Department Environmental Microbiology
Growth Kinetics and Gene Transfer of Enteric and Environmental E. coli in Domestic Settings
The Global Enteric Multicenter Study, a global study of the etiological agents responsible for moderate-to-severe diarrhea in low income countries, reported in 2013 that strains of pathogenic E. coli contribute substantially to global diarrheal disease burden. Previous research from the Human Pathogens Research Group has highlighted the ubiquity of high concentrations of E. coli, both pathogenic and non-pathogenic, in soils and on surfaces in low income countries. Despite the knowledge that pathogenic E. coli is a driver of moderate-to-severe diarrhea and that it is ubiquitous in domestic environments, little is known about the source, fate, and transport of E. coli in these settings.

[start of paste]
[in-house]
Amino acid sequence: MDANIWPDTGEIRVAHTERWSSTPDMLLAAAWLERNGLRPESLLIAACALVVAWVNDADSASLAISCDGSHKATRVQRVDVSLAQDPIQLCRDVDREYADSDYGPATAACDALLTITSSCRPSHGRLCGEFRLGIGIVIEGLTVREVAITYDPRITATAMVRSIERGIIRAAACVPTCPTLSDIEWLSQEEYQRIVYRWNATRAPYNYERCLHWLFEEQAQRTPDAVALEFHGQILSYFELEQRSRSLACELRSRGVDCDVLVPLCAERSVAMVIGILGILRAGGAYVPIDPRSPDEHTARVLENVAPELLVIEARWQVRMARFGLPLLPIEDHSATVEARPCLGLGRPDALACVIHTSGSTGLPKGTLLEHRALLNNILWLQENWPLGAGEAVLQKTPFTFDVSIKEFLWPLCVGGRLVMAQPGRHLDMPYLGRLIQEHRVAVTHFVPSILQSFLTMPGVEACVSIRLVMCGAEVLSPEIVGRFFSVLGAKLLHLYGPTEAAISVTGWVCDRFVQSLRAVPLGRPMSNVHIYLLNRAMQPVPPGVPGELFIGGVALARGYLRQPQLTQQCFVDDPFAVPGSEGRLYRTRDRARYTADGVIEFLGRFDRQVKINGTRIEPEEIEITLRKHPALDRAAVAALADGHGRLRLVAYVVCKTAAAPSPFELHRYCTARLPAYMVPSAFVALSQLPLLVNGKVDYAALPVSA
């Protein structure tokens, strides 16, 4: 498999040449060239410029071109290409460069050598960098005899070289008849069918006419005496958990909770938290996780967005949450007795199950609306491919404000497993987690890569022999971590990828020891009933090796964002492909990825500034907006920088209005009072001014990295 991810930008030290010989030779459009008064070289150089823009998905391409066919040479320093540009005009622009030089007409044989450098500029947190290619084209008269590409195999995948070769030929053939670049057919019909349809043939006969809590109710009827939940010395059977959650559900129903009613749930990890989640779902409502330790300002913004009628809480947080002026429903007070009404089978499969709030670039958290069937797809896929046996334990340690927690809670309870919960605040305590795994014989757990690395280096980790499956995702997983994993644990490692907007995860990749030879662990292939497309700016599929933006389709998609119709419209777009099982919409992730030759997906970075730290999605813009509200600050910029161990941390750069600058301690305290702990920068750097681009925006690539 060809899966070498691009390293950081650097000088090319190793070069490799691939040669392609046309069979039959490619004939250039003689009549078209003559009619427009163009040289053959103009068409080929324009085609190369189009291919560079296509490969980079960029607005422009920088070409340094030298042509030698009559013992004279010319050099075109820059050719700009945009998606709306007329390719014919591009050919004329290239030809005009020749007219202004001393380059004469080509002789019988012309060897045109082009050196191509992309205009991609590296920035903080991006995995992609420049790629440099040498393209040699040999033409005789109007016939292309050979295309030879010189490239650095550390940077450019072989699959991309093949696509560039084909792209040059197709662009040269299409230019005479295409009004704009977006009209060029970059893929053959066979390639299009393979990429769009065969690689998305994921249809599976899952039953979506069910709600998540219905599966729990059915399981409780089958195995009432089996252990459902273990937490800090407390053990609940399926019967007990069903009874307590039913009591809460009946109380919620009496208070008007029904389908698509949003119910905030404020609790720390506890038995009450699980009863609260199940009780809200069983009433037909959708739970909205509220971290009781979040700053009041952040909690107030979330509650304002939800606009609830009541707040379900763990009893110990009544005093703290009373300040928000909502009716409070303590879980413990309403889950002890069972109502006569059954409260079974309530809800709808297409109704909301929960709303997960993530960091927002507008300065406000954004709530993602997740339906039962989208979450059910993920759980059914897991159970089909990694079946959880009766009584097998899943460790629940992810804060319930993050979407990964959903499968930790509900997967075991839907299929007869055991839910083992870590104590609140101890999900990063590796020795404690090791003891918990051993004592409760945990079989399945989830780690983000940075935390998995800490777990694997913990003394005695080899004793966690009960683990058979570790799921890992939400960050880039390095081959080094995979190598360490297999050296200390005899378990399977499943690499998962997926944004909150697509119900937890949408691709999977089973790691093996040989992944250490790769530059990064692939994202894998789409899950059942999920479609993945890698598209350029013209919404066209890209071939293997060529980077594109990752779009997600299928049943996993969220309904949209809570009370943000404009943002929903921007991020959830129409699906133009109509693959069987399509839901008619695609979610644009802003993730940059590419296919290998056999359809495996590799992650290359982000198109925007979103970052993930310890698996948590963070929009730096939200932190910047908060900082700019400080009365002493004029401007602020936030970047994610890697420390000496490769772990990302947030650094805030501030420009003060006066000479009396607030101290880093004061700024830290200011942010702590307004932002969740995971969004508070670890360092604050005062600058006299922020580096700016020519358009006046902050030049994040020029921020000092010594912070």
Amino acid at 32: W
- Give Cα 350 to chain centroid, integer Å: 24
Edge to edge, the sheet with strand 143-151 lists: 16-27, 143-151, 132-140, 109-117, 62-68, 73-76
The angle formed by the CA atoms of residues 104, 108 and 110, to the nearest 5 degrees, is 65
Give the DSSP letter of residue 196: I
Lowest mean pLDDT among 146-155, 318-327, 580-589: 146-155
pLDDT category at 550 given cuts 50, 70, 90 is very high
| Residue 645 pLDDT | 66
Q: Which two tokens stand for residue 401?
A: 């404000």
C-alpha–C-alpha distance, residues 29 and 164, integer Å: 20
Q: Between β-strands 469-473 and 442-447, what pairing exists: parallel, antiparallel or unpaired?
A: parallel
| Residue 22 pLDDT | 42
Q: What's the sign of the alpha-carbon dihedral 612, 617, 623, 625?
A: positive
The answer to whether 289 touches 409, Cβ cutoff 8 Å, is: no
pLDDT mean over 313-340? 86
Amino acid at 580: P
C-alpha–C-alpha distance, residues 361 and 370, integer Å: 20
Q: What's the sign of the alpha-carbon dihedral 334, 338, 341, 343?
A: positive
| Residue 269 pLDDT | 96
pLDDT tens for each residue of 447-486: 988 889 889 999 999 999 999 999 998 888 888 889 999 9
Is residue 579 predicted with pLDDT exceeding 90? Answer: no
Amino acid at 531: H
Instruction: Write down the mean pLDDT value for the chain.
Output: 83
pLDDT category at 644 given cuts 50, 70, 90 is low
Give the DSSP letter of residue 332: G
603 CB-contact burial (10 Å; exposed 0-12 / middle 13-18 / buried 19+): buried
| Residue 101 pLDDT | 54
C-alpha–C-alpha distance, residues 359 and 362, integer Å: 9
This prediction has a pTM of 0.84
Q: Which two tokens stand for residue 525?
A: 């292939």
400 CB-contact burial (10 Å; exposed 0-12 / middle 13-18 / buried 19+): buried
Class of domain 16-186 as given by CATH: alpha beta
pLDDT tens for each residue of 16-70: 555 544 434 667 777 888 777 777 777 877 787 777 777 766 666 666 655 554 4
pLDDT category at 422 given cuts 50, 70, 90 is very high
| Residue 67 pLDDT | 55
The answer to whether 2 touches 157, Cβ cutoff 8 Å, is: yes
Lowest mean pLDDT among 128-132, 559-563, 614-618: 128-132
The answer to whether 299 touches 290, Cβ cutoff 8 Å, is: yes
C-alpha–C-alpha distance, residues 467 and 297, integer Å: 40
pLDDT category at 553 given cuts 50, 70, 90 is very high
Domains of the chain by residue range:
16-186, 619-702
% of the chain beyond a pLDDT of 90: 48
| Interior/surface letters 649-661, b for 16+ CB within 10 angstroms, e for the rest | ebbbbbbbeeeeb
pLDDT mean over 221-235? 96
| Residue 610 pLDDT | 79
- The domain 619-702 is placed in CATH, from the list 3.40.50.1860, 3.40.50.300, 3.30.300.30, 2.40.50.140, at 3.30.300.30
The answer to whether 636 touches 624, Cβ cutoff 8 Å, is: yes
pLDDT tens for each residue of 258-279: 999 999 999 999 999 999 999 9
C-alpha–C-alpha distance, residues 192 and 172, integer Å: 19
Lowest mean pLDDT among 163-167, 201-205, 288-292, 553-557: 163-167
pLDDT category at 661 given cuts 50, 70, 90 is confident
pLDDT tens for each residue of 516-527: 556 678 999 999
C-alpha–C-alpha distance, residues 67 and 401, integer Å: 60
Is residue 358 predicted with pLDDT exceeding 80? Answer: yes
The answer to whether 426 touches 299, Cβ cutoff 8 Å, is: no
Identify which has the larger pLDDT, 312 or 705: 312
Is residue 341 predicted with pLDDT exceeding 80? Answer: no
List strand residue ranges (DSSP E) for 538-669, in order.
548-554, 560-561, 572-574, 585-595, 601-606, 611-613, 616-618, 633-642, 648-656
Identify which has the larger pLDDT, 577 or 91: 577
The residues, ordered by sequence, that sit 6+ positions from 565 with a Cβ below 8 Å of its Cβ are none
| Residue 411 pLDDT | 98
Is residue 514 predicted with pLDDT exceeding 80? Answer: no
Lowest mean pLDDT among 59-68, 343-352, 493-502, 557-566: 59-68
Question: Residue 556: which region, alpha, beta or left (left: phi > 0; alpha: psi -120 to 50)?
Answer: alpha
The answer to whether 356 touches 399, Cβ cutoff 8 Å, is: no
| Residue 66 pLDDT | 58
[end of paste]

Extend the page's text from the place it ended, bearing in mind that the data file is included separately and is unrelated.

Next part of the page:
In this study, we are: investigating genotypic and phenotypic properties of E. coli isolated from environmental reservoirs to identify factors that influence persistence and/or growth, examining whether E. coli are autochonous or fecal source, and investigating the role of the in situ community in the continued transmission of pathogenic E. coli.